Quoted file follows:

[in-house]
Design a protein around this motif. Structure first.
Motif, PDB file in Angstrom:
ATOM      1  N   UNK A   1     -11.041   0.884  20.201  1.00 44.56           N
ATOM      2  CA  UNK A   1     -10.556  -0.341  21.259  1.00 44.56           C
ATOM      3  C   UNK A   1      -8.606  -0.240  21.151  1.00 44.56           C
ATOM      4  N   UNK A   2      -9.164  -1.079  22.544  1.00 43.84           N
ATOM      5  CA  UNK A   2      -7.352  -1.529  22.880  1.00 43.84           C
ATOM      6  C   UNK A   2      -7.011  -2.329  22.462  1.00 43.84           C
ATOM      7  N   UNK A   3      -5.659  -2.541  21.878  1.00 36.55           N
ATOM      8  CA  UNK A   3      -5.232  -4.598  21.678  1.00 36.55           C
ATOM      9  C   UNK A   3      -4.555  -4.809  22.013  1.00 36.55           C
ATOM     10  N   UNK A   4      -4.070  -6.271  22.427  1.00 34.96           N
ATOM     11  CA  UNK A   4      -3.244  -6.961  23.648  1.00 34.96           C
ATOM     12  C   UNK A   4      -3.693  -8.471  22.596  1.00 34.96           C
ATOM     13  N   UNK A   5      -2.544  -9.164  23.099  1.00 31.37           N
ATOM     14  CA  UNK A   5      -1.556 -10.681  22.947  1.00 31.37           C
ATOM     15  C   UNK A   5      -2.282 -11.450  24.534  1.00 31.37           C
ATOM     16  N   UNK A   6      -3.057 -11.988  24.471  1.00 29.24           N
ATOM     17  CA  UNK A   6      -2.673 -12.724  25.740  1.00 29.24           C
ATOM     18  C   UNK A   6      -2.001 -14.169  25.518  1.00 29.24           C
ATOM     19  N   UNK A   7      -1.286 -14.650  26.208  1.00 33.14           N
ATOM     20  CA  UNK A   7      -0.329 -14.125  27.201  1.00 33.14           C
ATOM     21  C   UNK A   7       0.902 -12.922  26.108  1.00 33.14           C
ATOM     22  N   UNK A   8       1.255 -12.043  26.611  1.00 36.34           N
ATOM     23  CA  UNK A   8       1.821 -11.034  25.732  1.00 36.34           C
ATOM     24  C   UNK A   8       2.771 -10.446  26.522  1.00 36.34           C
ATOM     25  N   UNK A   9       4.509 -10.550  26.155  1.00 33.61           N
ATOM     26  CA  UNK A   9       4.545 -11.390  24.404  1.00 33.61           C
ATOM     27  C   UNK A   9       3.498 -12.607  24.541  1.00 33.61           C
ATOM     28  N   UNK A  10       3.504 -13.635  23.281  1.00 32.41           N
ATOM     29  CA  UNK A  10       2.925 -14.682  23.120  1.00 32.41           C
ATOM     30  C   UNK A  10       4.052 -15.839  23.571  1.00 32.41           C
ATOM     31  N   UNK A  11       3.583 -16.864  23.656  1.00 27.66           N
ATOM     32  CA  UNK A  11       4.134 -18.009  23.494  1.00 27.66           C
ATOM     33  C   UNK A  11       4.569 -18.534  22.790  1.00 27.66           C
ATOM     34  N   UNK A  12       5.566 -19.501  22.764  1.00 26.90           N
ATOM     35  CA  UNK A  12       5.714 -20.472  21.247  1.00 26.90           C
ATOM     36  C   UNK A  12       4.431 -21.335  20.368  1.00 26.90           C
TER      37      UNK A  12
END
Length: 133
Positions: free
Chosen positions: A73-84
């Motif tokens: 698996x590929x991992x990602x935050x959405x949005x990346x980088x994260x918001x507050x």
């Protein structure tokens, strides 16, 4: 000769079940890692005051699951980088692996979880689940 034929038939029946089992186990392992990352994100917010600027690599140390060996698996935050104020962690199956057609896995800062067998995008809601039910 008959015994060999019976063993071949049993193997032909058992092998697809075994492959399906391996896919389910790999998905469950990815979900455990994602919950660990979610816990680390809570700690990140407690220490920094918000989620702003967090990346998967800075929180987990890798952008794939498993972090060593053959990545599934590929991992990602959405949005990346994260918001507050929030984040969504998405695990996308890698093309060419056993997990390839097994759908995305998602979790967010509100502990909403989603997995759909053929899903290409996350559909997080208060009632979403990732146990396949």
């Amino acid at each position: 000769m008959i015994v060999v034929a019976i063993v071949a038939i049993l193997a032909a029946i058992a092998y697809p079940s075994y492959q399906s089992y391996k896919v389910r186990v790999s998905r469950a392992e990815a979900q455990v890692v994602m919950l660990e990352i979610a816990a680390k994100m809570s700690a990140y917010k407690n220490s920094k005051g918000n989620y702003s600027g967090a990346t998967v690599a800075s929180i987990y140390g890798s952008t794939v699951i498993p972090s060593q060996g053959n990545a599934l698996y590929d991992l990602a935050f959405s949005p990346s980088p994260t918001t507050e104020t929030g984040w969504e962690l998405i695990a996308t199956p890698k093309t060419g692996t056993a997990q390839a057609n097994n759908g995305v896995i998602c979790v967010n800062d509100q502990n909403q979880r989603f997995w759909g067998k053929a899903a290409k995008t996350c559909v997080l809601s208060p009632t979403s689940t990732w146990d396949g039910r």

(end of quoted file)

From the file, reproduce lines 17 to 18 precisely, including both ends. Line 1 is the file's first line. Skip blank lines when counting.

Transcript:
ATOM     14  CA  UNK A   5      -1.556 -10.681  22.947  1.00 31.37           C
ATOM     15  C   UNK A   5      -2.282 -11.450  24.534  1.00 31.37           C